The effect of cold spray coating parameters on the residual stress and fatigue performance of magnesium alloys
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Global warming, dwindling fossil fuels, and the low efficiency of alternative energy sources such as batteries and solar panels compared to traditional carbon-based energy sources, have shifted the industrial design paradigm towards minimizing structural weight. In this scenario, employing low density grade metals is inevitable. Magnesium (Mg) alloys, such as AZ31B, are one of the lightest structural materials, and have been able to gain strong foothold in the industrial world due to their high “strength to weight ratio”. However, the long-term performance of parts manufactured from Mg alloys are required for reliable structural applications. Hence, research on the methods to enhance the fatigue properties of Mg alloys is crucial. Surface treatment, particularly surface coating of manufactured parts with a thin layer of high fatigue strength material is considered a versatile approach to address fatigue shortcomings of Mg alloys. Cold gas dynamic spray is an emerging technology that deposit metal powder with a supersonic velocity on substrate in a solid-state. The nature of this technology (peening) promotes compressive residual stress and results in a refined grain structure, which reinforces a material’s surface and prolong crack initiation, thus enhancing the fatigue performance of materials like AZ31B alloy. Among all potential candidates for coating Mg parts, aluminum alloys are one of the best, due to their low density and strong fatigue performance. Hence, in this research, cold spraying is employed to deposit a thin layer of Al7075 on AZ31B-H24 Mg substrates in order to improve their fatigue performance. The complexity of the cold spray process requires some in-depth study through in situ measurements. For this, fiber Bragg grating (FBG) sensors is employed for monitoring and assessing the thermo-mechanical behaviour of Mg alloy during cold-spray coating. Furthermore, the hole drilling, X-ray diffraction and in situ FBG sensors residual stress measurement techniques are used to explore the effect of processing parameters and thermal mismatch on the residual stress distribution of coated Mg samples. In addition, SEM, TEM, CT scanning tomography, micro indentation hardness, surface topography and roughness measurements are utilized to identify the physical and microstructural characteristics of the coating, interface and substrate. Based on the findings of this research, the common understanding that cold spray induced residual stresses are compressive is questioned. It is shown that the heat associated with the spraying, although much lower than melting temperature, can wash out the peening effect and result in tensile residual stress in the substrate. Hence, to customize the residual stress and for inducing compressive residual in the Mg substrate, the cold spray coating parameters were tuned to decrease the heat input to the substrate. Moreover, a cooling system was designed that increased heat transfer from the substrate during the coating process. Another major factor affecting the state of the residual stress is the thermal mismatch of the coating and the substrate materials. The detrimental effect of thermal mismatch between the Al7075 coating and AZ31B substrate on the residual stress of substrate and coating was addressed by adding an interlayer of zinc, which has a higher thermal expansion coefficient than the substrate and coating material. Zinc is successfully deposited, and its coating parameters were selected in a way that resulted in inducing compressive residual stress in the substrate, coating and the zinc interlayer. However, detail characterization of the zinc and AZ31B substrate reveals that intermetallic phases have formed at the interface. Therefore, despite the induced compressive residual stress, cracking at the zinc magnesium interface restricts the application of this interlayer. Two extreme coating conditions that lead to induced tensile and compressive residual stress in the Mg substrate have been selected for the rest of this research. The quality of the coating is examined by CT-scan, which demonstrates that the compressive samples have less porosity than the tensile samples, although the densities of both samples are above 99%. The physical and mechanical properties of the compressive samples, including hardness and surface roughness, have also been significantly improved compared to tensile samples. Finally, the fatigue performance of the two types of coated samples (tensile and compressive) is investigated revealing that the compressive samples demonstrate exceptional fatigue life in high cycle regime compared to the bare AZ31B samples with 130% life enhancement.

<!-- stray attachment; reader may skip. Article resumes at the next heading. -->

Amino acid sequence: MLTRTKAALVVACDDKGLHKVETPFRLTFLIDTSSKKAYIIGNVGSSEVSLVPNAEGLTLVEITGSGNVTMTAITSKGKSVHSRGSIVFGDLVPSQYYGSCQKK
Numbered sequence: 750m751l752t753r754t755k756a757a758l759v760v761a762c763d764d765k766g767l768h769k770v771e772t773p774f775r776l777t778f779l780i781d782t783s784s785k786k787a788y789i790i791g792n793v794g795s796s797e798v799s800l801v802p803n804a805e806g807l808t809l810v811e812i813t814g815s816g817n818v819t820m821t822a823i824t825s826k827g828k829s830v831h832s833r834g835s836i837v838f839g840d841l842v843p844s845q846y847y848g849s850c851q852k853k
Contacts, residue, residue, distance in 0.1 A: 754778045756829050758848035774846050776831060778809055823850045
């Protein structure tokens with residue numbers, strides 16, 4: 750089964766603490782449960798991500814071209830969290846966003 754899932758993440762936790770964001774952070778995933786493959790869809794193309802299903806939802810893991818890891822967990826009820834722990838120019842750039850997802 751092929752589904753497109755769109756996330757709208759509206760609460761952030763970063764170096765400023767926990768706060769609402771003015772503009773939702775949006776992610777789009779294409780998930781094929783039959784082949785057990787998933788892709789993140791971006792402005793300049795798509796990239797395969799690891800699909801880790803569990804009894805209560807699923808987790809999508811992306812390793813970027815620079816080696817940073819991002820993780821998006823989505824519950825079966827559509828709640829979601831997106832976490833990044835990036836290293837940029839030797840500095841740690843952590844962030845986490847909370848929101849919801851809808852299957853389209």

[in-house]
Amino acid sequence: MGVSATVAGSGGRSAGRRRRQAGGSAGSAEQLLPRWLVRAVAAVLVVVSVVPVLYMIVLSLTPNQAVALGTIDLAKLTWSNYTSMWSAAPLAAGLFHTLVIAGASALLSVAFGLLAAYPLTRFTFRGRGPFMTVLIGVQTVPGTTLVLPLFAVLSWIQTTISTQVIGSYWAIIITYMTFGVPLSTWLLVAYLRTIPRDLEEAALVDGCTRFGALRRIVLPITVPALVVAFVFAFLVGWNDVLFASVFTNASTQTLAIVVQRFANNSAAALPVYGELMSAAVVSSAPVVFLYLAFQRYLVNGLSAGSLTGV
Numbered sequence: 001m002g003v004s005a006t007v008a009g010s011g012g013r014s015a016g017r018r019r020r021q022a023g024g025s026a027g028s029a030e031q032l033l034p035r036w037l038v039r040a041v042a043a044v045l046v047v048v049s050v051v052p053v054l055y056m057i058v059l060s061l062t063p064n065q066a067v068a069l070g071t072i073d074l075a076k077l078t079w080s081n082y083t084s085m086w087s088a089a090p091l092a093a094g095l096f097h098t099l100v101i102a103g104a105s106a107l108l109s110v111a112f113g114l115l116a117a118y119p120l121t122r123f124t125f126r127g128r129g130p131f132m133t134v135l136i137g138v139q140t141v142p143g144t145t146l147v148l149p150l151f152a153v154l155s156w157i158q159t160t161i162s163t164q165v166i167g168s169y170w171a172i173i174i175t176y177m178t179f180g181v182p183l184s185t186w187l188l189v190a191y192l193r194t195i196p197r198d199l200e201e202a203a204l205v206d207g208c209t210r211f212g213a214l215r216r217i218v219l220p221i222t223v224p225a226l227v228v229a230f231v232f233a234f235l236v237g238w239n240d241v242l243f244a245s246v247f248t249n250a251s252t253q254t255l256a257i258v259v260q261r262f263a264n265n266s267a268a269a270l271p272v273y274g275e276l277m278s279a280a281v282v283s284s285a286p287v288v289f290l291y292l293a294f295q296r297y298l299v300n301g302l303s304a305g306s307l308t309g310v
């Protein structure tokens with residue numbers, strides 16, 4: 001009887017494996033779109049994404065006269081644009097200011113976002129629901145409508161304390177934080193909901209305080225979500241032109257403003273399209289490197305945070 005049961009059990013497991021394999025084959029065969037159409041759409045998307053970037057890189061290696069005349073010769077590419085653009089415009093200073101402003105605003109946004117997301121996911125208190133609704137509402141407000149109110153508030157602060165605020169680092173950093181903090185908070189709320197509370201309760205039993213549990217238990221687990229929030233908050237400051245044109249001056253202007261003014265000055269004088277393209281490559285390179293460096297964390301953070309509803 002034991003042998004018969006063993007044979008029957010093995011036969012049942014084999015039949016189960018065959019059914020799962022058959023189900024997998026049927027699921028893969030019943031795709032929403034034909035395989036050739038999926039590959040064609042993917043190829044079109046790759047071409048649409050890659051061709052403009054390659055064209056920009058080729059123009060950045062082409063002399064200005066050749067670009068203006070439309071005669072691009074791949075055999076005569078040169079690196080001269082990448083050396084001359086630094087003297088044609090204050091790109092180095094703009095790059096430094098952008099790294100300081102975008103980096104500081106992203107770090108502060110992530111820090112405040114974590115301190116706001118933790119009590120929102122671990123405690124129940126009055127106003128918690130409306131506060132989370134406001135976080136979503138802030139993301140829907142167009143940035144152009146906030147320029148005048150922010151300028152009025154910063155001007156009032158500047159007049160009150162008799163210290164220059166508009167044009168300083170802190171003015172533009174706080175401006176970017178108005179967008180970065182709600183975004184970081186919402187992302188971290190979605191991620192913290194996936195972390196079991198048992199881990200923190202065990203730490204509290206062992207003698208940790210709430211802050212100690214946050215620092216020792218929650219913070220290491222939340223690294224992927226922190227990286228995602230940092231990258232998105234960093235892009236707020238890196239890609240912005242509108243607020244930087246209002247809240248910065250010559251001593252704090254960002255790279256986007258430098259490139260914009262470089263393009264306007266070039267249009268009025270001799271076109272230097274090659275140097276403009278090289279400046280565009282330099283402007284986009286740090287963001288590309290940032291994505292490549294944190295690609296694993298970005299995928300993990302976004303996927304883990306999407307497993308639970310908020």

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Bahareh Marzbanrad (2020). The effect of cold spray coating parameters on the residual stress and fatigue performance of magnesium alloys. UWSpace. http://hdl.handle.net/10012/15641